Obama Worried After DOJ Drops Flynn Charges, Now Saying Rule of Law in Jeopardy



The Justice Department’s official dismissal of the federal case against former Trump administration National Security Advisor Michael Flynn is not sitting well with former President Barack Obama.

According to Yahoo! News, Obama provided rare commentary on the matter Friday, referring to the decision as unprecedented and worrisome in a private online call with members of his former administration, now colloquially referred to as the Obama Alumni Association.

An audio recording of the call reveals the former president even alleged the “rule of law is at risk.”

“The news over the last 24 hours, I think, has been somewhat downplayed about the Justice Department dropping charges against Michael Flynn,” Obama said. “The fact that there is no precedent that anybody can find for someone who has been charged with perjury just getting off scot-free.

“That’s the kind of stuff where you begin to get worried that basic — not just institutional norms — but our basic understanding of rule of law is at risk.

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“And when you start moving in those directions, it can accelerate pretty quickly as we’ve seen in other places,” Obama added.

He went on to suggest the Flynn decision should underline for left-wing political operatives the importance of the upcoming 2020 election, in which his former vice president, Joe Biden, is now the presumptive Democratic nominee.

According to The Associated Press, the charges against Flynn were dramatically dropped in a Thursday court filing brought by the Justice Department after a lengthy investigative case review conducted by U.S. Attorney Jeff Jensen.

Amid then-special counsel Robert Mueller’s investigation into Russian interference in the 2016 presidential election, Flynn pleaded guilty in December 2017 to knowingly providing false statements in an interview with the FBI the previous January, Fox News reported.

Prior to President Donald Trump’s inauguration, the incoming national security advisor had been under scrutiny for alleged Logan Act violations resulting from foreign policy conversations with then-Russian ambassador Sergey Kislyak during the transitionary period between the Obama and Trump administrations.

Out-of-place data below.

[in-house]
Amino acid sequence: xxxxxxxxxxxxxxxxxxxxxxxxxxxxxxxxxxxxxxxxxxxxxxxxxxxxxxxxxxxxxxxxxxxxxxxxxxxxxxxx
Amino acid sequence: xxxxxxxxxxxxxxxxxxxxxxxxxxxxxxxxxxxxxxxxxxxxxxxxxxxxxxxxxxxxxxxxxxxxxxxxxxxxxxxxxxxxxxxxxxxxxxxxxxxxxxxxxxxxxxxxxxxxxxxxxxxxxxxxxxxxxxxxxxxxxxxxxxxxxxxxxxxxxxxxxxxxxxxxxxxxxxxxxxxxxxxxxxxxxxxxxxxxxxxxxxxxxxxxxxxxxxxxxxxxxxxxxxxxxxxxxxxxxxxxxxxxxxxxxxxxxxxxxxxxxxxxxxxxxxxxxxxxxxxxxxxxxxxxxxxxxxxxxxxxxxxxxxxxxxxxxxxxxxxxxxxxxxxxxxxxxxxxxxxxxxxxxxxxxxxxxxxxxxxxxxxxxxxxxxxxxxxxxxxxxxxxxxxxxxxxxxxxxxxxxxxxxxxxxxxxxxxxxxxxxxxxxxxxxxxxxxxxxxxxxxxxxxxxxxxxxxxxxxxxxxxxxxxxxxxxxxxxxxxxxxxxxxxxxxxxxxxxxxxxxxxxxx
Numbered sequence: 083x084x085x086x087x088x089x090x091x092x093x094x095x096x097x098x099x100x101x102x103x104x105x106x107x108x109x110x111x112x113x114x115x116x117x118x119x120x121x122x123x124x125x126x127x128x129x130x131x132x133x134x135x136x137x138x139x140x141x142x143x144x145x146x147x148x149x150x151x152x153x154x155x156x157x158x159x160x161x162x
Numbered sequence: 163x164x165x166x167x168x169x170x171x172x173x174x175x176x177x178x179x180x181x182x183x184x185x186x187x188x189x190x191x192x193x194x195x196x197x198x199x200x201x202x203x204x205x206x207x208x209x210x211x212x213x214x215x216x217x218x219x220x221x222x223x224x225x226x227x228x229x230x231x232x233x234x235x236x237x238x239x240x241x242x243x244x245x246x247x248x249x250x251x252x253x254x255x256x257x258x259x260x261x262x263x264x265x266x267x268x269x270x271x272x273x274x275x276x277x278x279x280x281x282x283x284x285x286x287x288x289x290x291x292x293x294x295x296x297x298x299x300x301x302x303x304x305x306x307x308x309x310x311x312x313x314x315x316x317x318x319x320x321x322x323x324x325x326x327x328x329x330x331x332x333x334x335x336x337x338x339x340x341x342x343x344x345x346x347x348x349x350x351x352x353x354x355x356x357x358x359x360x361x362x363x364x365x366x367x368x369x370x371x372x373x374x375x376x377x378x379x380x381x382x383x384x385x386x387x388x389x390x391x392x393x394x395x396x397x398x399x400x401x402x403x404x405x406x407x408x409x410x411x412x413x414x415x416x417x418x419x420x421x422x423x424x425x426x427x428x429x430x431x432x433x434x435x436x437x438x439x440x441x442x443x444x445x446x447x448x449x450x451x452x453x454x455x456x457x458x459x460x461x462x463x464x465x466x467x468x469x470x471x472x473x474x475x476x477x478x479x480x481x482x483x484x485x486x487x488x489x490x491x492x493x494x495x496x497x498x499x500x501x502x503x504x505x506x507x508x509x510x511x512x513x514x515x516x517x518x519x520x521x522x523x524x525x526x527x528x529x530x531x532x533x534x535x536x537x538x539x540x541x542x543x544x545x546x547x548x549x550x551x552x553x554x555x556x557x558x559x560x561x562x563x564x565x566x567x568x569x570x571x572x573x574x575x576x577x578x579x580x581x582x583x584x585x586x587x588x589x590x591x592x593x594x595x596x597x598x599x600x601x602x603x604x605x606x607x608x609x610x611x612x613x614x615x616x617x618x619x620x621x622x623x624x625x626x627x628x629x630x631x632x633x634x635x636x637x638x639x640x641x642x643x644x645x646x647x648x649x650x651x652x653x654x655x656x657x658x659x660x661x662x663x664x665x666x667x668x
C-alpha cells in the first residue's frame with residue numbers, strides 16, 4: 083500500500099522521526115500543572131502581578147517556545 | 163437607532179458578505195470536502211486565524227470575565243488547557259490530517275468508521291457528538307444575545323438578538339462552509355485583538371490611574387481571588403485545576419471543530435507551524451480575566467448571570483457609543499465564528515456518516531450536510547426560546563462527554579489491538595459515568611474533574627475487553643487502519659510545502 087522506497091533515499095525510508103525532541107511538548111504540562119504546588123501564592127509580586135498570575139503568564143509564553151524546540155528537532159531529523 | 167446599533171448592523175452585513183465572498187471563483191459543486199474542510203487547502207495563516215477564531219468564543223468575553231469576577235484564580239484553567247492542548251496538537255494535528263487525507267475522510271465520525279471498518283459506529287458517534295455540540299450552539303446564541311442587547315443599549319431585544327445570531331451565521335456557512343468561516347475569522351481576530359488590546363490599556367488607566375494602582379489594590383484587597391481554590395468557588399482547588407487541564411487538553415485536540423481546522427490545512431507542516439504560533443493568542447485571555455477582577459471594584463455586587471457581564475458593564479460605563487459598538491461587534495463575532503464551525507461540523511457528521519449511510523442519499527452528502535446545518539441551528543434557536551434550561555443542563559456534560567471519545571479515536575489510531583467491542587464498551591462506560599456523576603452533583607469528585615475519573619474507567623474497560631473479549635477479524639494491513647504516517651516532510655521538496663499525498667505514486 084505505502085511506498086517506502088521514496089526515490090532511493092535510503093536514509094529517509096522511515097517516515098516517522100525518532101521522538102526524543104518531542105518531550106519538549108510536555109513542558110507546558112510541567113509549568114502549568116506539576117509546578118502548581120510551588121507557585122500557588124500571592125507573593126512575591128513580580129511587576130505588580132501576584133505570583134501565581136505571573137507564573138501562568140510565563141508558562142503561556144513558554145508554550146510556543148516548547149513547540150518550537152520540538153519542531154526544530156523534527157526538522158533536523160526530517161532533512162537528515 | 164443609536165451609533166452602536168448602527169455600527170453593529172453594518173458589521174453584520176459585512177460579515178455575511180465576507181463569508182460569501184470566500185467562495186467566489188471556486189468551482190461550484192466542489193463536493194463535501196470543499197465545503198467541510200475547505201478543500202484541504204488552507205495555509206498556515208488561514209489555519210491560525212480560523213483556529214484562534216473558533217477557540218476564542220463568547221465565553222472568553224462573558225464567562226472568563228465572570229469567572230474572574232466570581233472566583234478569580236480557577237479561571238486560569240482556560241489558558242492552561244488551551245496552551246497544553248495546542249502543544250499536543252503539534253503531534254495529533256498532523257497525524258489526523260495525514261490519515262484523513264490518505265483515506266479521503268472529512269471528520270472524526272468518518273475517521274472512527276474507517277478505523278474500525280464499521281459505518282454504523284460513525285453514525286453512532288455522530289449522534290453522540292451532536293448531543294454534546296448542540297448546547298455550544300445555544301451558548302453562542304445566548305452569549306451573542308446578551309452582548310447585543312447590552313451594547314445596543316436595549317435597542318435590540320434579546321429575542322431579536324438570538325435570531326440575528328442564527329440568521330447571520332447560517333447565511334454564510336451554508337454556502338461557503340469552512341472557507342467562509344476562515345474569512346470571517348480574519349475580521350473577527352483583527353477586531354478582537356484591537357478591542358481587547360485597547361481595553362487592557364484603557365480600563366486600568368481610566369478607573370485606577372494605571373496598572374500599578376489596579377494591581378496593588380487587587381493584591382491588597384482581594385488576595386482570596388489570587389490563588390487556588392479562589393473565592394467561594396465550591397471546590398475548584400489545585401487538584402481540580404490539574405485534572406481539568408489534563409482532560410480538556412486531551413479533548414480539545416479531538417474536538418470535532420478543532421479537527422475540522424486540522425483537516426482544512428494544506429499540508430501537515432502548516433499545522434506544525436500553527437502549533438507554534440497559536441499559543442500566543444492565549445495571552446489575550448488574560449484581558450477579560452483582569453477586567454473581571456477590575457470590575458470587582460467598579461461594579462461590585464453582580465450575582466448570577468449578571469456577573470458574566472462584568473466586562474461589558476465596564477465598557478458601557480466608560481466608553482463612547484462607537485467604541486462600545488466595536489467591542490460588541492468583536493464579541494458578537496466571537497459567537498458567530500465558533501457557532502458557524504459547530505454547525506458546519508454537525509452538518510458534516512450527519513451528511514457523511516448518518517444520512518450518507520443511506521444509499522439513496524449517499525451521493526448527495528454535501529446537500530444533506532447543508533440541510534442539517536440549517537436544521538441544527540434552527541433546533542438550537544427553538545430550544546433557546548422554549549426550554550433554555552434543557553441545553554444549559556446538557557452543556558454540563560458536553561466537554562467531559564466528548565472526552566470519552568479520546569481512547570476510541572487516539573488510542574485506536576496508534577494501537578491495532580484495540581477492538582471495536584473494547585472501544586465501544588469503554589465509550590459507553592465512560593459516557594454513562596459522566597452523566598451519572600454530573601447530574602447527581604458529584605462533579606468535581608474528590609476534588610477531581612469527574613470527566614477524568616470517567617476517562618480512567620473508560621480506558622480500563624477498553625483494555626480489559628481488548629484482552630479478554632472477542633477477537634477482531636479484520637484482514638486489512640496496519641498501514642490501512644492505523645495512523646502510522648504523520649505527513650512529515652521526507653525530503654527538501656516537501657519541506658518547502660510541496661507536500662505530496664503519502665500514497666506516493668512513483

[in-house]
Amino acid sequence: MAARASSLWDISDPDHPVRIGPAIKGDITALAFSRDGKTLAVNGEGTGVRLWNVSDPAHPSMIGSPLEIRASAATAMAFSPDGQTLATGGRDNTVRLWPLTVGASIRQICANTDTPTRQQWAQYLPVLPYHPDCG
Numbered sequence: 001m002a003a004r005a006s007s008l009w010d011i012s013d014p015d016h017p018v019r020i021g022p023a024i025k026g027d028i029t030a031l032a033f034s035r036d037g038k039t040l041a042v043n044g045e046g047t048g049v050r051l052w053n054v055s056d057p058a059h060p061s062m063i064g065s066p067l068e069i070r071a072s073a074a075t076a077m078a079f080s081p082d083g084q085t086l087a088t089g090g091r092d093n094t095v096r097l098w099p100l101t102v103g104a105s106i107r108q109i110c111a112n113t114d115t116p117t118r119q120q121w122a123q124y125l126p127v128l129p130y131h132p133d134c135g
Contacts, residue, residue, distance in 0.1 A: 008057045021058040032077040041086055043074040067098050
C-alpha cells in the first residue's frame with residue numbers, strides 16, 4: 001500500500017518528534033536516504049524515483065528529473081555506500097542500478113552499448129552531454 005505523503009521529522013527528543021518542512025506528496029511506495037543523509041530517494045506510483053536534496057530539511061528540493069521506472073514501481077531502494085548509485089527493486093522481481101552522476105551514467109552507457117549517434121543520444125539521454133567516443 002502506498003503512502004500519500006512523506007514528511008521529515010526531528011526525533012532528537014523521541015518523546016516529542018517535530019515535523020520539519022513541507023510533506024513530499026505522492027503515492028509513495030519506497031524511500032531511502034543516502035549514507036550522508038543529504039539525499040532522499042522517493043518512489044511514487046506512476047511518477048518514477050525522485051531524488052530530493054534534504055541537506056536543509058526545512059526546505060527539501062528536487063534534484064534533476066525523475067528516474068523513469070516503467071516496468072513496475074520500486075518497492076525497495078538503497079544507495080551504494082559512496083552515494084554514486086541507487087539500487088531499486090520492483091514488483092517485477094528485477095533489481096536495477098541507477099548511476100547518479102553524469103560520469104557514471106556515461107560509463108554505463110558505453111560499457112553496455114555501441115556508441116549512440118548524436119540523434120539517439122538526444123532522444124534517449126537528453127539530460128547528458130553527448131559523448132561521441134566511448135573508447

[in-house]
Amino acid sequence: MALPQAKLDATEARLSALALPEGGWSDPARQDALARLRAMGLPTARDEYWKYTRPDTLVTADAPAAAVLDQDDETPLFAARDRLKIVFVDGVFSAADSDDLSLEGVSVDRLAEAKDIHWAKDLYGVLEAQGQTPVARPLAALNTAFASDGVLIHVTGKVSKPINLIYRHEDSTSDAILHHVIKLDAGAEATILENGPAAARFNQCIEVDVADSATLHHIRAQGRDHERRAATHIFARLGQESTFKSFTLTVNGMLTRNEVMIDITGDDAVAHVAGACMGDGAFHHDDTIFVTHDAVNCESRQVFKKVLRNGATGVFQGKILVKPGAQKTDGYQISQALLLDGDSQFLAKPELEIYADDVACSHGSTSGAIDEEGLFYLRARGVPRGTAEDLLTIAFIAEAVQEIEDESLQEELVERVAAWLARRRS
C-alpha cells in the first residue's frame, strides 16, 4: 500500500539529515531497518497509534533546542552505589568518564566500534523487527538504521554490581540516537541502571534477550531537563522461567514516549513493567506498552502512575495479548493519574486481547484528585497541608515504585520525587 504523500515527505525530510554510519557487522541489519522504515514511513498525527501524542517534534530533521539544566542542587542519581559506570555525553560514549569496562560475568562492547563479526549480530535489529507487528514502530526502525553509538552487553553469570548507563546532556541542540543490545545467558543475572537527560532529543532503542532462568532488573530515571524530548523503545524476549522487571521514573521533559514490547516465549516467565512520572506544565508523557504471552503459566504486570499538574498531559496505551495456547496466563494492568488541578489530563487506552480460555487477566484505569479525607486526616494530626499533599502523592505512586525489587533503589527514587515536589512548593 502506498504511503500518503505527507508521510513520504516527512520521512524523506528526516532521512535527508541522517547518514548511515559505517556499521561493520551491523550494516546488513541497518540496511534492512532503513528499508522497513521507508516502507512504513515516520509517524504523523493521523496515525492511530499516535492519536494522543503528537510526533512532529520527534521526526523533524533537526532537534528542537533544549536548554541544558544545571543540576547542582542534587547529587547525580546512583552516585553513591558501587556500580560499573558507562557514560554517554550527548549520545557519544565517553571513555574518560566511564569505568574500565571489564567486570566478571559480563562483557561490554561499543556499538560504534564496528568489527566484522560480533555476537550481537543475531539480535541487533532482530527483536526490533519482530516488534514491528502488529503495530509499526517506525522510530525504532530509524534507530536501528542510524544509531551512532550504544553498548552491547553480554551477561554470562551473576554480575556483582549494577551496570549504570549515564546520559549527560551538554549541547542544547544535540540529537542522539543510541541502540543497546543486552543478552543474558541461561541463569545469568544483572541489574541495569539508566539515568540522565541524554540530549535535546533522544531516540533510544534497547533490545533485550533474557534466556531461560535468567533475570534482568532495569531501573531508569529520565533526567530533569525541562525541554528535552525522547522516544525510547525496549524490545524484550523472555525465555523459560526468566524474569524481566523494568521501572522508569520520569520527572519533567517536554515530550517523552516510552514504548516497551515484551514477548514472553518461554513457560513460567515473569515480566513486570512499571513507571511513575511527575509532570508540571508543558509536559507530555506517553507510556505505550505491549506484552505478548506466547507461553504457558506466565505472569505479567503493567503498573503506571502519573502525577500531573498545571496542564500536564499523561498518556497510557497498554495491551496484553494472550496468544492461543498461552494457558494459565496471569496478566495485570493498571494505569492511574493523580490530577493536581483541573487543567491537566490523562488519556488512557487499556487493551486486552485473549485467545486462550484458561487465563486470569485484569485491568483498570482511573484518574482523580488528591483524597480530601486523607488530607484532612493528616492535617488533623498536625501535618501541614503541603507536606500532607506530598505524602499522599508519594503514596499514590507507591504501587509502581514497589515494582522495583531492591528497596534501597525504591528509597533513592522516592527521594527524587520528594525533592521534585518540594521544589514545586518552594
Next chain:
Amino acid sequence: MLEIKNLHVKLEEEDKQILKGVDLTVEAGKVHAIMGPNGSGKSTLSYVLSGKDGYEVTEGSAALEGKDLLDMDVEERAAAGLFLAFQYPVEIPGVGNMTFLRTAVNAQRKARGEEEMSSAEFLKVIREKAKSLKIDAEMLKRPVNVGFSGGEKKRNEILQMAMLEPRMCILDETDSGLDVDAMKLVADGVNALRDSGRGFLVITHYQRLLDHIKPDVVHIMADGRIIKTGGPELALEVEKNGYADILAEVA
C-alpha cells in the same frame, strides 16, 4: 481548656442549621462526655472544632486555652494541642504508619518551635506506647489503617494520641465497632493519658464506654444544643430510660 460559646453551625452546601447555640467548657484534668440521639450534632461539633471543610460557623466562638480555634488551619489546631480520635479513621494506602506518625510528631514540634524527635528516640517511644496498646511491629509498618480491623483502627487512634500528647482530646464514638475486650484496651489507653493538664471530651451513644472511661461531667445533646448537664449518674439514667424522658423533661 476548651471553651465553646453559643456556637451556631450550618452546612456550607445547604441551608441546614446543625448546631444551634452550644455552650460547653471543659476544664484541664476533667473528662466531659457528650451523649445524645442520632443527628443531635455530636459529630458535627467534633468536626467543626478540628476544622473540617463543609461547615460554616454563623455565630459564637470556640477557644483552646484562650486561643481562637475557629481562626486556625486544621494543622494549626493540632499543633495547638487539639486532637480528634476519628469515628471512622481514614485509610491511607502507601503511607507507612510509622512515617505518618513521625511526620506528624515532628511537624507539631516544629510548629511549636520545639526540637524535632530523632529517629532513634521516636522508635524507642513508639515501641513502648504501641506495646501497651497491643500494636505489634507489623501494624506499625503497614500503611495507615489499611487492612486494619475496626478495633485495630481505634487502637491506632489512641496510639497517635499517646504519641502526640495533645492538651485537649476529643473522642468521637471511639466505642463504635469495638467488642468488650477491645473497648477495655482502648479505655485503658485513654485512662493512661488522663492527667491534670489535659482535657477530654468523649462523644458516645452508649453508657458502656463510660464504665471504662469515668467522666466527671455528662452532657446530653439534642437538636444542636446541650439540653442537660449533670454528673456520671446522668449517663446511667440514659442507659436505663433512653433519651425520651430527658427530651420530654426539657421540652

Despite his guilty plea, however, arguments raised by Flynn’s legal team over alleged potential evidentiary improprieties and prosecutorial misconduct prevented the courts from moving forward with sentencing — a matter further complicated by the subsequent withdrawal of the guilty plea after prosecutors retracted their recommendation that he serve no time behind bars. (The leniency guarantee was part of the original plea deal.)

Increasingly relevant among the concerns raised by the defense were allegations the FBI had withheld from Flynn the knowledge that false statements would constitute criminal activity and further advised against the presence of White House counsel during the interview.

FBI notes unsealed last week only served to further undermine the basis for the interview, indicating investigators had questioned whether their goal in interviewing him was to catch Flynn in a perjury trap.

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“What is our goal?” one of the notes read. “Truth/Admission or to get him to lie, so we can prosecute him or get him fired?”

The bombshell disclosure and immaterial nature of Flynn’s false statements would in turn lead the Justice Department to conclude the interview was “conducted without any legitimate investigative basis” and “untethered to, and unjustified by, the FBI’s counterintelligence investigation into Mr. Flynn,” according to The AP.

“Through the course of my review of General Flynn’s case, I concluded the proper and just course was to dismiss the case,” Jensen said in a statement. “I briefed Attorney General Barr on my findings, advised him on these conclusions, and he agreed.”

Do you think General Flynn has been exonerated?

Brought about by Attorney General William Barr’s ordered investigation into the origins of the Russia probe, the development is yet another in a series of revelations which seems to call into question the legitimacy of both the procedure and foundations of the probe.

Obama’s remarks on the decision come the same week that the investigation seems to have uncovered a baseline knowledge of the probe and its activities among members of the Obama administration.

According to Fox News, recently unsealed notes from then-Deputy Attorney General Sally Yates reveal Obama and his FBI director, James Comey, were aware intelligence agents had wiretapped Flynn’s conversations with Kislyak in December 2016.

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